Examples include inulin, oligosaccharides, and resistant starches.
Unlike soluble fibers, insoluble fibers don’t dissolve in water. Plus, they don’t thicken in the presence of water and they’re poorly fermented by gut bacteria.
Insoluble fibers can have a laxative effect and help increase the water content of stool to make you go. However, some types of this kind of fiber, like finely ground wheat bran, can dry out your poo and stop things up.
Another example of insoluble fiber is cellulose, a type of carb found in plants.
A high fiber diet offers all sorts of health benefits. Plus, certain types of fiber can help you get a much needed No. 2. Here are some of the most well-known benefits of fiber.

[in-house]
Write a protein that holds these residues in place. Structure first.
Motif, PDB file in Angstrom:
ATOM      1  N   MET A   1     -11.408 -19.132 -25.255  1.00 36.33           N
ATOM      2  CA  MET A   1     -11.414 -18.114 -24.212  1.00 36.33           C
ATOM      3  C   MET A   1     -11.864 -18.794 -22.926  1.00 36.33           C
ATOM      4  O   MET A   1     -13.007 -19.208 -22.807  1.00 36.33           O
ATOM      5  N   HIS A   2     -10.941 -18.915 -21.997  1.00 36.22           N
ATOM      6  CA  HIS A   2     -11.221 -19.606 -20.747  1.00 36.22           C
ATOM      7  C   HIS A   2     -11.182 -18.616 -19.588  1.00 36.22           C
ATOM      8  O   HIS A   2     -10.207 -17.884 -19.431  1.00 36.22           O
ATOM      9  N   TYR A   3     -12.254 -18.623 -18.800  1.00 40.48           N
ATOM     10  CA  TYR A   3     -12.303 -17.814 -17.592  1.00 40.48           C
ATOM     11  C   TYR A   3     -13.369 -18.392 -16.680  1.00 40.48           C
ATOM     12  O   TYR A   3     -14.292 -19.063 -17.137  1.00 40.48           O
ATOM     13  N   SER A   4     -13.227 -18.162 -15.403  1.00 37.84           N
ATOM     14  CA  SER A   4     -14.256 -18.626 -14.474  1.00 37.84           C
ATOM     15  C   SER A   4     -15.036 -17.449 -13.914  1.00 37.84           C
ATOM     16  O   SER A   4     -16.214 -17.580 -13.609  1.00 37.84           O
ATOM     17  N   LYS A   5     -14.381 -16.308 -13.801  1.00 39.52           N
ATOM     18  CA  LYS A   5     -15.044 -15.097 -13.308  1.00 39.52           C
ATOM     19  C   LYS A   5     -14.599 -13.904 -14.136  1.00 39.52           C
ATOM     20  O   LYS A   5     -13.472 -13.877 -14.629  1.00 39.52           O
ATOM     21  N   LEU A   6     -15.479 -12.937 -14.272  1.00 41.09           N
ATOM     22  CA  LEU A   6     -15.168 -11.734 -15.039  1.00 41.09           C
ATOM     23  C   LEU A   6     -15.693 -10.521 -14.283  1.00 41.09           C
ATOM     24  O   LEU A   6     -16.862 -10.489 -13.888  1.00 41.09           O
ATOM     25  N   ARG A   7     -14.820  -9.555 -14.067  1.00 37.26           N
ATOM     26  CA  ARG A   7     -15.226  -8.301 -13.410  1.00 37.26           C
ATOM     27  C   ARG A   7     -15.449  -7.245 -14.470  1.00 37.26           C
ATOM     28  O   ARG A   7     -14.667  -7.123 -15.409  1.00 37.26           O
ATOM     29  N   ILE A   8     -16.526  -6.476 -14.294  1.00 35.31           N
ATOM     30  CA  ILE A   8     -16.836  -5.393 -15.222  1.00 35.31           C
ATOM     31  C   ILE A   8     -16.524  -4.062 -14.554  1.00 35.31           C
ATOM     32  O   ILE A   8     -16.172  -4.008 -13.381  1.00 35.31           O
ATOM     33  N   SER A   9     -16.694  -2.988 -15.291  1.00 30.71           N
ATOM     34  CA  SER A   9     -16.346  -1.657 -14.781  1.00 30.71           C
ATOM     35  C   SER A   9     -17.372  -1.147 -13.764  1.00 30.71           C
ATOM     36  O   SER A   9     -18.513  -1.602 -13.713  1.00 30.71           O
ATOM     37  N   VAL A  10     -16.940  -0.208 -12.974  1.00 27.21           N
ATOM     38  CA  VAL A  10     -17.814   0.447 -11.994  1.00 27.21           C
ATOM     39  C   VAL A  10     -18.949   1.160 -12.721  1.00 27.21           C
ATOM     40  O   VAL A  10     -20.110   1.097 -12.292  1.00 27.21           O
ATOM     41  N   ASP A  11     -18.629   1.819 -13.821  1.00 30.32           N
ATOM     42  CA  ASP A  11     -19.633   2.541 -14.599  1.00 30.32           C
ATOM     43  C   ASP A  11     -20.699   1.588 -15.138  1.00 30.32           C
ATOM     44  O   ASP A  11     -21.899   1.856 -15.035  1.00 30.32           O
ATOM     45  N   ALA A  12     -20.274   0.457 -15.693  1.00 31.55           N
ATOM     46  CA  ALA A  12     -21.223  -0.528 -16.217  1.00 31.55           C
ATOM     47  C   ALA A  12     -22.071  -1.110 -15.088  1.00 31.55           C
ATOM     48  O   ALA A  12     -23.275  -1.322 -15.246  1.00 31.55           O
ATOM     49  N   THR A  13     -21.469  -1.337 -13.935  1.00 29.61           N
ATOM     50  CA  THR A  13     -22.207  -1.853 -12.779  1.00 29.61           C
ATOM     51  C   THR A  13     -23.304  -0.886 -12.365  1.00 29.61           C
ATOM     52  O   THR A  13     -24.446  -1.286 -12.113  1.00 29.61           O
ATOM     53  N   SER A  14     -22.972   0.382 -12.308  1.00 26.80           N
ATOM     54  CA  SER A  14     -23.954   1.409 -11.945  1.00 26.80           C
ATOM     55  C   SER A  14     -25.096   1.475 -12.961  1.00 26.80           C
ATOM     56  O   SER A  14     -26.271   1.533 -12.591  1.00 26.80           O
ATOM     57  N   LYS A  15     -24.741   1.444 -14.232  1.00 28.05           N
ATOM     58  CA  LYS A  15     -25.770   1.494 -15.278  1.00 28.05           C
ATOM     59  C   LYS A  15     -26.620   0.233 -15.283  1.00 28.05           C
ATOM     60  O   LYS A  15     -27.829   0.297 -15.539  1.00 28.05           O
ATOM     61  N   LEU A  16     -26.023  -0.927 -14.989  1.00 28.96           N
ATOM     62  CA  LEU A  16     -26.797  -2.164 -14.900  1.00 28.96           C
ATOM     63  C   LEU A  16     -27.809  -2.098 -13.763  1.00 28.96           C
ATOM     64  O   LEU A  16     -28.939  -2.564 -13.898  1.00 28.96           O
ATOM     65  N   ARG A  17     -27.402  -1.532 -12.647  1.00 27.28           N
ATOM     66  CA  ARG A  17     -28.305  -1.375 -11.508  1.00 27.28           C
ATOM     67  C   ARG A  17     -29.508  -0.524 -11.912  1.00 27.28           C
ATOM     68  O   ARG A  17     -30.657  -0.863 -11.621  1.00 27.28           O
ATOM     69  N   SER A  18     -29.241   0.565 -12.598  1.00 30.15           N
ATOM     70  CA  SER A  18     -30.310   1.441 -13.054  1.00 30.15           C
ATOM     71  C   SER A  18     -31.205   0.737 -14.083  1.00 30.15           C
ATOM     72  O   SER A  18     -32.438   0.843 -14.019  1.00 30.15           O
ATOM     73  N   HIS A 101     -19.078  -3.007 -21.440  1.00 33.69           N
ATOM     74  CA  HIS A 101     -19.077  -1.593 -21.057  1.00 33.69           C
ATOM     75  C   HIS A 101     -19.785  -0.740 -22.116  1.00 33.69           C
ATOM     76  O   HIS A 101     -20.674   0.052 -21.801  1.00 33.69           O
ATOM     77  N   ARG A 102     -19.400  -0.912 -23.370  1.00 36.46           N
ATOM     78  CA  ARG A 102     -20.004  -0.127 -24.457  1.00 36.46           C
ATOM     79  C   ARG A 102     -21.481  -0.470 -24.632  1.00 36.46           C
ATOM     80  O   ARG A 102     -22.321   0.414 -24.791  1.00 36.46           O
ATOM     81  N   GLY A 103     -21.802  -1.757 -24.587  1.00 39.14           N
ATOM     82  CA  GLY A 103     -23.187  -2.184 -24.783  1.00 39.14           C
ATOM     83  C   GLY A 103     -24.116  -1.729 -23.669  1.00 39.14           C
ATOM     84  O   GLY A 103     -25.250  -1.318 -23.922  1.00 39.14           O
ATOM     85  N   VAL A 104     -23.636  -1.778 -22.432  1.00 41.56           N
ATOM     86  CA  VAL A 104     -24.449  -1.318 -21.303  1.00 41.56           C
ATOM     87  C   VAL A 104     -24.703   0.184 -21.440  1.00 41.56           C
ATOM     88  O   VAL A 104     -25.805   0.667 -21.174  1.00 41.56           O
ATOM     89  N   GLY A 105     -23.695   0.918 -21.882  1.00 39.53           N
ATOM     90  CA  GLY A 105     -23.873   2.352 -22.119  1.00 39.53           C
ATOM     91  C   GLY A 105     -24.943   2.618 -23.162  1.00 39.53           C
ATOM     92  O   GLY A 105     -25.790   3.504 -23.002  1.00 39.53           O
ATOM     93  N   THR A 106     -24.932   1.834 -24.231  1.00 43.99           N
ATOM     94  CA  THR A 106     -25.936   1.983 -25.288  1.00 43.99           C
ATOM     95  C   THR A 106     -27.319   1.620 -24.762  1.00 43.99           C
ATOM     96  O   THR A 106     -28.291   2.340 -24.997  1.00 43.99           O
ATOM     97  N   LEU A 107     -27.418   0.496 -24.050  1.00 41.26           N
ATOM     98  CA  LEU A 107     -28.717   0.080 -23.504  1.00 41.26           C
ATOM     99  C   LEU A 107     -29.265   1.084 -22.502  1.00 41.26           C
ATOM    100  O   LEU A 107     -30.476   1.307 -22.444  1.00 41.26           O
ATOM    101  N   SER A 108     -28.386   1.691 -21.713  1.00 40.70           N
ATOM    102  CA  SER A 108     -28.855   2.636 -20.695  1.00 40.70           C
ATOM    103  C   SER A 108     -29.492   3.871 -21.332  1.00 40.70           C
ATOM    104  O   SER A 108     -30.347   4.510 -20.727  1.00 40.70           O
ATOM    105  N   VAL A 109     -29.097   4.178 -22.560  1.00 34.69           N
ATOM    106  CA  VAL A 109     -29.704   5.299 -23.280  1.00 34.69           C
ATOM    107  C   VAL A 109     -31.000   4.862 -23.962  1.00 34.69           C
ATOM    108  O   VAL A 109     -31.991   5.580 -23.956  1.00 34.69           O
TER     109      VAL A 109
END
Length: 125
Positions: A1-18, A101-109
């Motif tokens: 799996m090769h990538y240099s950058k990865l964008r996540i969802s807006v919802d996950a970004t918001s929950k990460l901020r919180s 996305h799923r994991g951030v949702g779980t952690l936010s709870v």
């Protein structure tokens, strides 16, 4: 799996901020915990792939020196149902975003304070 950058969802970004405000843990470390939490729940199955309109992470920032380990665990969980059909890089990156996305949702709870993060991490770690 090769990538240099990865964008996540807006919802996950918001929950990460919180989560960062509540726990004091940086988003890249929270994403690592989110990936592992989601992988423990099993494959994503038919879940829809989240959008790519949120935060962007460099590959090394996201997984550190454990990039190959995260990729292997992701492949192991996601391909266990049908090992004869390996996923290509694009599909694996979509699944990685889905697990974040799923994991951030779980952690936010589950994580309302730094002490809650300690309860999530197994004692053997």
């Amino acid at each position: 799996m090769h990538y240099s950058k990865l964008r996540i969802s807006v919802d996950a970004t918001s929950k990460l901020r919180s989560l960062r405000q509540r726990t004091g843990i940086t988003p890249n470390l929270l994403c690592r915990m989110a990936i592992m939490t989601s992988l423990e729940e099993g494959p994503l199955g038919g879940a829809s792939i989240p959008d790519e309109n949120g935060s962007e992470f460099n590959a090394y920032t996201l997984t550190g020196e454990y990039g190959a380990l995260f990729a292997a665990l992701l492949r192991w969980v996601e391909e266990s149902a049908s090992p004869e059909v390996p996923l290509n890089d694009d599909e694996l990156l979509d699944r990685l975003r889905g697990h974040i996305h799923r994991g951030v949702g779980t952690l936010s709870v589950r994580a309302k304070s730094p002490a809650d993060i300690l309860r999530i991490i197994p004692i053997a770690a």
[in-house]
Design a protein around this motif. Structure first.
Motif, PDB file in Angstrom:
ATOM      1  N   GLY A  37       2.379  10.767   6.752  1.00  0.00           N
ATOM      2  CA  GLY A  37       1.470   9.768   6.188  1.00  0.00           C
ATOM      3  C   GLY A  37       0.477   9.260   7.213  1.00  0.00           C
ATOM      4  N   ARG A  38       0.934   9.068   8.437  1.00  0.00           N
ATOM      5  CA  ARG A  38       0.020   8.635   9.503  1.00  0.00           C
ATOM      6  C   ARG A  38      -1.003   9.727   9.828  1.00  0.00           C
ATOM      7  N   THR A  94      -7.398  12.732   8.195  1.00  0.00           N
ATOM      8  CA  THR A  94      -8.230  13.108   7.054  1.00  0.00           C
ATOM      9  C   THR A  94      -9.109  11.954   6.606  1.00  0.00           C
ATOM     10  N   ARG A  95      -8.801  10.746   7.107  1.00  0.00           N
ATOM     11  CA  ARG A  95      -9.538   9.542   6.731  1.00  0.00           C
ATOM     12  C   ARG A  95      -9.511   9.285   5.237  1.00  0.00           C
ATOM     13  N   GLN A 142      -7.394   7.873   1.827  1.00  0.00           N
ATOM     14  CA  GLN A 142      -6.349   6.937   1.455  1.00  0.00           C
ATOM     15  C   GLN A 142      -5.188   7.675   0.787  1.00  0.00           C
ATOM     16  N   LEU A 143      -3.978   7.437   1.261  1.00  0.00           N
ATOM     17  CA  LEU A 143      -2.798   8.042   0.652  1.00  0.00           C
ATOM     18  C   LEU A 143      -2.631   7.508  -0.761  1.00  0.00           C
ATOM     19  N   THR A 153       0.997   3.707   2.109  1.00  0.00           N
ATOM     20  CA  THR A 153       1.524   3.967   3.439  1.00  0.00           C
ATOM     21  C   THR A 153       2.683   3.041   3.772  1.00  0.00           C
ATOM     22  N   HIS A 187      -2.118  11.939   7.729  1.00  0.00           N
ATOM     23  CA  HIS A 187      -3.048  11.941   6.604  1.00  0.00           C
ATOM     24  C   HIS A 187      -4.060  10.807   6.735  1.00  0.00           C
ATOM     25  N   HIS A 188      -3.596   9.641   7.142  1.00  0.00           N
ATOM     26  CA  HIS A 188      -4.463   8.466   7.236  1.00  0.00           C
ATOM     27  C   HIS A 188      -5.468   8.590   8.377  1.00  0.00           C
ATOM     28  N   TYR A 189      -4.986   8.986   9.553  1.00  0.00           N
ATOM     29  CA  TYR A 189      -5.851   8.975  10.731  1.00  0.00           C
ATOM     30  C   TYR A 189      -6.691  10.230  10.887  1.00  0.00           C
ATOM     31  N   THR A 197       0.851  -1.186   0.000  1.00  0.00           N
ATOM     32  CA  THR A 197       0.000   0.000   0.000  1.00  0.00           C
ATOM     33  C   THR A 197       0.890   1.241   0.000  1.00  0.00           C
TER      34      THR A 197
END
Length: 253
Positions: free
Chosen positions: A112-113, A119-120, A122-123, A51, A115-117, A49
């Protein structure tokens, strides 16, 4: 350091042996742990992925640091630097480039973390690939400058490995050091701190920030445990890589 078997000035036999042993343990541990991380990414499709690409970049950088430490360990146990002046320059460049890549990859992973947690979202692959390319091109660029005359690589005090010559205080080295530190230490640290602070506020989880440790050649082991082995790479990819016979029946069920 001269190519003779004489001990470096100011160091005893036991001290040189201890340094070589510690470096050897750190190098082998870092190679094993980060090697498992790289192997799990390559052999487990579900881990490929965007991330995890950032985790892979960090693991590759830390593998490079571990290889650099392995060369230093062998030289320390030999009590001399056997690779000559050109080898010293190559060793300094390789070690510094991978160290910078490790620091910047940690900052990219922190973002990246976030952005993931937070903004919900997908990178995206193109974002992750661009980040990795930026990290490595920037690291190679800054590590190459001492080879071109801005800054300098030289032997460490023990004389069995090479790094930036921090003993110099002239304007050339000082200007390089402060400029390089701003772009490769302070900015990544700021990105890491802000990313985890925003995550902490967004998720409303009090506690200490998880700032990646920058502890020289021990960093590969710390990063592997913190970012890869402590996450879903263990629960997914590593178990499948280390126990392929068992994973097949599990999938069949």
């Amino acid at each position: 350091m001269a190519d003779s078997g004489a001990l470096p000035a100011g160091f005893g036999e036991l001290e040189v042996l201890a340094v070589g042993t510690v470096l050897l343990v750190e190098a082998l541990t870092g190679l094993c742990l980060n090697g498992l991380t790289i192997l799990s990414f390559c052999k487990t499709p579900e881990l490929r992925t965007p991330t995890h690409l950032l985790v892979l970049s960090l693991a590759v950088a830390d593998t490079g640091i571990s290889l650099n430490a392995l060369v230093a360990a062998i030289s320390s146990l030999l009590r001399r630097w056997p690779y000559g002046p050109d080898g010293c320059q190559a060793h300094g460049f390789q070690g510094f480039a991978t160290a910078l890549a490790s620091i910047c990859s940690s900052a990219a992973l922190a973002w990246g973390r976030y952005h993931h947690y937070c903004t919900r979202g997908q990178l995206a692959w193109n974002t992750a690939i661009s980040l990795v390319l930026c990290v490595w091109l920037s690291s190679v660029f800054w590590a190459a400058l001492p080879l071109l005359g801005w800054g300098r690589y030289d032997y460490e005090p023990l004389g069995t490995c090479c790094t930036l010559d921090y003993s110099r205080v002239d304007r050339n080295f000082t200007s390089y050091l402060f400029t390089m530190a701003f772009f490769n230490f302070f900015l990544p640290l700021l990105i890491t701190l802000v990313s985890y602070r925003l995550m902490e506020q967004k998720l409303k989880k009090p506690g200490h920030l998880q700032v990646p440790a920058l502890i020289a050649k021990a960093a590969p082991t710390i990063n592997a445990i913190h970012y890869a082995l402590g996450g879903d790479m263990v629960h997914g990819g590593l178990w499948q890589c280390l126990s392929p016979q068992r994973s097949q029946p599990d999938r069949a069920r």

FYI: There’s A BUNCH of different fibers found in food, plus tons of fiber supplements. These benefits are related to fiber in general.
A large 2017 umbrella review found that folks with the highest fiber intake had a lower risk of developing heart disease and dying from heart-related conditions. This was compared to those who ate the least amount of fiber.
Digestion and gut health
Loading up on fibrous foods helps feed the good bacteria in your gut and helps keep your digestive system healthy.
Fermentable soluble fibers can be broken down by gut bacteria, releasing beneficial compounds and contributing to a healthy gut bacteria balance while insoluble fibers help keep bowel movements regular.
Soluble, viscous, nonfermentable fibers and insoluble fibers are helpful for relieving constipation because of their laxative effect.
Research shows that following a high fiber diet can also help protect you from developing conditions that impact the digestive system. This includes colon cancer, diverticulitis, and Inflammatory bowel disease (IBD).
Healthy body weight